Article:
Long active in the work that he had chosen and followed in his career, William Eaton Foster had been, since 1877, librarian of the Providence Public Library, of Providence, Rhode Island. He also held numerous other positions in this field of human endeavor, and in all of them performed, like most members of his craft, duties which have won all too little respect and admiration from his fellowmen. For, routine workers though librarians appear to be, they are more than that; they have within their handling the knowledge of the centuries, all that has come down from ancient times in written or printed form, and great, indeed, is the duty that they fulfill in the world. Except for the wisdom that they, by careful effort and constant watching, keep alive from generation to generation, man would not, today and tomorrow, be able to profit by the experiences of yesterday and the discoveries of his forebears, and so would differ little in this respect from the lower orders of the animal kingdom. It is such faithful workers as Mr. Foster, workers who love the task that they have taken for their own and value the responsibility that is placed in their hands, who have helped, perhaps most of all citizens, to preserve the culture and the practical knowledge that we have today and to give us foundations upon which to build for our own and future generations.
The family from which Mr. Foster was descended is an old and honored one in American life, and its members have taken part in different fields of work—journalism, education, business, public service of all sorts. The Fosters were in evidence in America in the early part of the seventeenth century, and have since been prominent here. William Eaton Foster, who was a son of Joseph Coggin and Abigail Ann (Eaton) Foster, was born in Brattleboro, Vermont, on June 2, 1851, and died in September, 1930. He attended the schools of his native community and subsequently registered at Brown University, in Providence, Rhode Island, where he took his Bachelor of Arts degree in the class of 1873 and his Master of Arts degree three years later. This institution, in appreciation of his public services as librarian and his loyalty to his alma mater, awarded him the honorary degree of Doctor of Letters in 1901. He began his career as librarian with the Hyde Park Public Library, of Hyde Park, Massachusetts, in 1873, and there remained until 1876, when he became cataloguer at the Turner Free Library in Randolph, Massachusetts. This position he retained until, in the following year, 1877, he became librarian at the Providence Public Library, an office of importance in the library world and one which enabled him to be of marked public service.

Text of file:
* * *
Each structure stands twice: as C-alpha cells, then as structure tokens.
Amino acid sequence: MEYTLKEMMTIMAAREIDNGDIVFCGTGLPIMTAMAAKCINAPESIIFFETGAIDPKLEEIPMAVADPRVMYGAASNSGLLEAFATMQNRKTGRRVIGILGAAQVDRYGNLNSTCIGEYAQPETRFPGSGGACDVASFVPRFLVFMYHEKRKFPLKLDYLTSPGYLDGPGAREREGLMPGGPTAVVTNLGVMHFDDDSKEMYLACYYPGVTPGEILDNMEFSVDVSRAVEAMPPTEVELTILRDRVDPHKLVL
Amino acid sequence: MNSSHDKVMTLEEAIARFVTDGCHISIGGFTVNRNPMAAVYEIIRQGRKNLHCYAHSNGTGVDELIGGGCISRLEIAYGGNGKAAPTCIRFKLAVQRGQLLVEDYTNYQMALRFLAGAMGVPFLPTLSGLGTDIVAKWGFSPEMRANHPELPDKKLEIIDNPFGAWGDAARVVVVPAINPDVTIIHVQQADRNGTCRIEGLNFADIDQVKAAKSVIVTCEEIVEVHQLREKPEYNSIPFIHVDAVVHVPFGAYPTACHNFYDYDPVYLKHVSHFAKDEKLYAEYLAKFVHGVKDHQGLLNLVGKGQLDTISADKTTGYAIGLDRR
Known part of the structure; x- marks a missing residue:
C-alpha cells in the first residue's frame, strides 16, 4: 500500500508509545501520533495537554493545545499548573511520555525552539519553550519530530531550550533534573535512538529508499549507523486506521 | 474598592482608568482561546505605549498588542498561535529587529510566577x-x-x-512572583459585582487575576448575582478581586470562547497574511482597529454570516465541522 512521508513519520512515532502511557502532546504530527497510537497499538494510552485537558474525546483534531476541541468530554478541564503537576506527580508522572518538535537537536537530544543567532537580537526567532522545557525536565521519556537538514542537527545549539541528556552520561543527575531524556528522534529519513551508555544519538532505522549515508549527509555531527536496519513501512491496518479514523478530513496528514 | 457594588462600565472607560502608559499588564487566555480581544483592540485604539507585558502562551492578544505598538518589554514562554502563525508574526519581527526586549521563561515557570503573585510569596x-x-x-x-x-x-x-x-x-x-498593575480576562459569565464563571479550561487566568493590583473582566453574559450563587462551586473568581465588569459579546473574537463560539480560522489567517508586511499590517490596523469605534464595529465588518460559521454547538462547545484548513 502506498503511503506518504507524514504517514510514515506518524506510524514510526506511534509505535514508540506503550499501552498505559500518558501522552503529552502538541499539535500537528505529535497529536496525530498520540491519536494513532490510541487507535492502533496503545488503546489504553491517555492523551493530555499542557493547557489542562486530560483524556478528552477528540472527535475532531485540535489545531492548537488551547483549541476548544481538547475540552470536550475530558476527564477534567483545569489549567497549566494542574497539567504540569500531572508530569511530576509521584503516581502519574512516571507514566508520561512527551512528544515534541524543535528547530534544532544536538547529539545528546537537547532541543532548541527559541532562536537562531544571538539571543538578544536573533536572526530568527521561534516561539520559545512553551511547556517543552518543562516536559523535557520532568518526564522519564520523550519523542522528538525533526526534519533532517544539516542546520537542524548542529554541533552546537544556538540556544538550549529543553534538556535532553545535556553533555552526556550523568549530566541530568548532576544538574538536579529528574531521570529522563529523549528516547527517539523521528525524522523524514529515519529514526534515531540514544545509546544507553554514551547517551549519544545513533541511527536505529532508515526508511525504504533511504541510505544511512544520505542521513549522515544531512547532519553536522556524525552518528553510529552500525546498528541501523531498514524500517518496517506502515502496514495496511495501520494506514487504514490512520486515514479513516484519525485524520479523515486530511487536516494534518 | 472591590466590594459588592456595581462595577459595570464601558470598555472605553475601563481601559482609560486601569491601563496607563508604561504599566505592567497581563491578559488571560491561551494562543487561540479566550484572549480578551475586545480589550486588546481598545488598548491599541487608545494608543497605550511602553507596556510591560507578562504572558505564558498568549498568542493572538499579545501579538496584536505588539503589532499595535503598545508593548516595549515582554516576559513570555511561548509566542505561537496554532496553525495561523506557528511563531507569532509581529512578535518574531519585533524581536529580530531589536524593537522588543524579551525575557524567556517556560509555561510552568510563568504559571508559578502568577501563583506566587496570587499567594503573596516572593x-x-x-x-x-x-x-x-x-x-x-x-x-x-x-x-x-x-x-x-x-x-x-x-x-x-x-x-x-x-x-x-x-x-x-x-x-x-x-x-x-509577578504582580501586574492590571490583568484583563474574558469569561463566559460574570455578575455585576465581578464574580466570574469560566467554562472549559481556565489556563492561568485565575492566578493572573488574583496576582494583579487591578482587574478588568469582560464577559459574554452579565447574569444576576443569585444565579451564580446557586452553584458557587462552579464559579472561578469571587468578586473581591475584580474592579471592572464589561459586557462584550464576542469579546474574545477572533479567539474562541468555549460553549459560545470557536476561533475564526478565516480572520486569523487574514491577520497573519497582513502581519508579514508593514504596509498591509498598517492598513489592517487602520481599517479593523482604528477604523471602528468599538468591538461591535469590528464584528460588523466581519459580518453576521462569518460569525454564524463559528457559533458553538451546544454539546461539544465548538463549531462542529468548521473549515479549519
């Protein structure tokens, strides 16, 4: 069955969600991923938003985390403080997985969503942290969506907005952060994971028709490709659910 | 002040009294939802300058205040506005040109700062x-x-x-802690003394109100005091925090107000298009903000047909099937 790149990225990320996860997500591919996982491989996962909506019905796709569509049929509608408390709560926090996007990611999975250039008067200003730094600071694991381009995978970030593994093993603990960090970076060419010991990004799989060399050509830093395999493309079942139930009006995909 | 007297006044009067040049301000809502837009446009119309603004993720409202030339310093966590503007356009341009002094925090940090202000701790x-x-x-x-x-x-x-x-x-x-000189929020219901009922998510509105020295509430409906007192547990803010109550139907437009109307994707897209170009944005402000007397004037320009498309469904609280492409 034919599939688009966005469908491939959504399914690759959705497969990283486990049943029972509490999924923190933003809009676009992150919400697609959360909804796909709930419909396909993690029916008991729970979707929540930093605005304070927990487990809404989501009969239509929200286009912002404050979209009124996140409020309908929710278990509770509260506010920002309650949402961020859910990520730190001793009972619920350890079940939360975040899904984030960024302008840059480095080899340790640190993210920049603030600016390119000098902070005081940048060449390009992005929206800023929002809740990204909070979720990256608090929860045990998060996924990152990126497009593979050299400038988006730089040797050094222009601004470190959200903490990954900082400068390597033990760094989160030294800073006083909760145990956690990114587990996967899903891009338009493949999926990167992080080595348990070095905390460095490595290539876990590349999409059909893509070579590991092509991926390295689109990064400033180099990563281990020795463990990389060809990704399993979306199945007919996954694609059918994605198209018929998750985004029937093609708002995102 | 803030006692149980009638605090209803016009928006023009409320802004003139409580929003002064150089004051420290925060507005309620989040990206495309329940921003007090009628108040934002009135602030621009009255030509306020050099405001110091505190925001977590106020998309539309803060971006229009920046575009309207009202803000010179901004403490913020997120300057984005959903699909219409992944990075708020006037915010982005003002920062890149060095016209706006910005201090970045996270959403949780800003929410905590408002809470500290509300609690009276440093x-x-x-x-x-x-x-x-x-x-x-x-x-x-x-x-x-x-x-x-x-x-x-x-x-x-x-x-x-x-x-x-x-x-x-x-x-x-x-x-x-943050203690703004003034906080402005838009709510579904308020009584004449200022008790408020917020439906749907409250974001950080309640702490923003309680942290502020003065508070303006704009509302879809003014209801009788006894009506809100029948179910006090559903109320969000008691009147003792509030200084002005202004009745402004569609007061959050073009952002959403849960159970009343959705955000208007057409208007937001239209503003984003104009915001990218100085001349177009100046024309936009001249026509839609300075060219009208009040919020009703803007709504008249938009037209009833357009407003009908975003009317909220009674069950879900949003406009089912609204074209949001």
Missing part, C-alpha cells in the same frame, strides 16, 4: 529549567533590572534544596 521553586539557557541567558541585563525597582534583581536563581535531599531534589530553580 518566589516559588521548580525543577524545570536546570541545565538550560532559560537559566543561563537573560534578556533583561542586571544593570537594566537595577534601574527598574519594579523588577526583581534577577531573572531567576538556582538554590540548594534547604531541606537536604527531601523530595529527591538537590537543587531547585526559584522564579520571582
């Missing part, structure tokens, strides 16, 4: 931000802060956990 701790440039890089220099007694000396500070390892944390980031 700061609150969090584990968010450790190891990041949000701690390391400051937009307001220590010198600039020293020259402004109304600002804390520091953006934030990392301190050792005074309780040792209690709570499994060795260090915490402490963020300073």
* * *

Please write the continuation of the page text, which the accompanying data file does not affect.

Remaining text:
In addition to his work in this connection, which was a labor of love and devotion, Mr. Foster was active in a number of societies and organizations, both those having to do with the affairs of his own profession and those which deal in other activities of civic and social life. He was a member of the American Library Association, the American Historical Association, the American Antiquarian Society, and the Massachusetts Library Club. In the Massachusetts Library Club he held the presidency in 1894 and 1895, while in the Rhode Island Library Association he was president from 1903 to 1905. He also became the author of a number of books of his own, some of them having to do with subjects related to library work, others dealing with contemporary and historical matters, but all of them containing a wealth of wisdom and experience gained through a life of usefulness and service. He wrote “The Civil Service Reform Movement,” which appeared in 1881; “The Literature of Civil Service Reform in the United States,” which was published in the same year; “Libraries and Readers,” 1883; “Stephen Hopkins, a Rhode Island Statesman,” 1884; “Town Government in Rhode Island,” 1886; “The Point of View in History,” 1906; and “Five Men of ’76,” 1926. These volumes throw a wealth of light on subjects which less careful and seasoned workers would be content to treat more sketchily, and they won for him, in the circle in which they have been read, a widespread respect and esteem for his ability as a student of life and men.
William Eaton Foster married, in Providence, Rhode Island, on March 2, 1886, Julia Appleton, of this city.
Source: Carroll, Charles. Rhode Island: Three Centuries of Democracy, vol 3 of 4. New York: Lewis historical Pub. Co., 1932.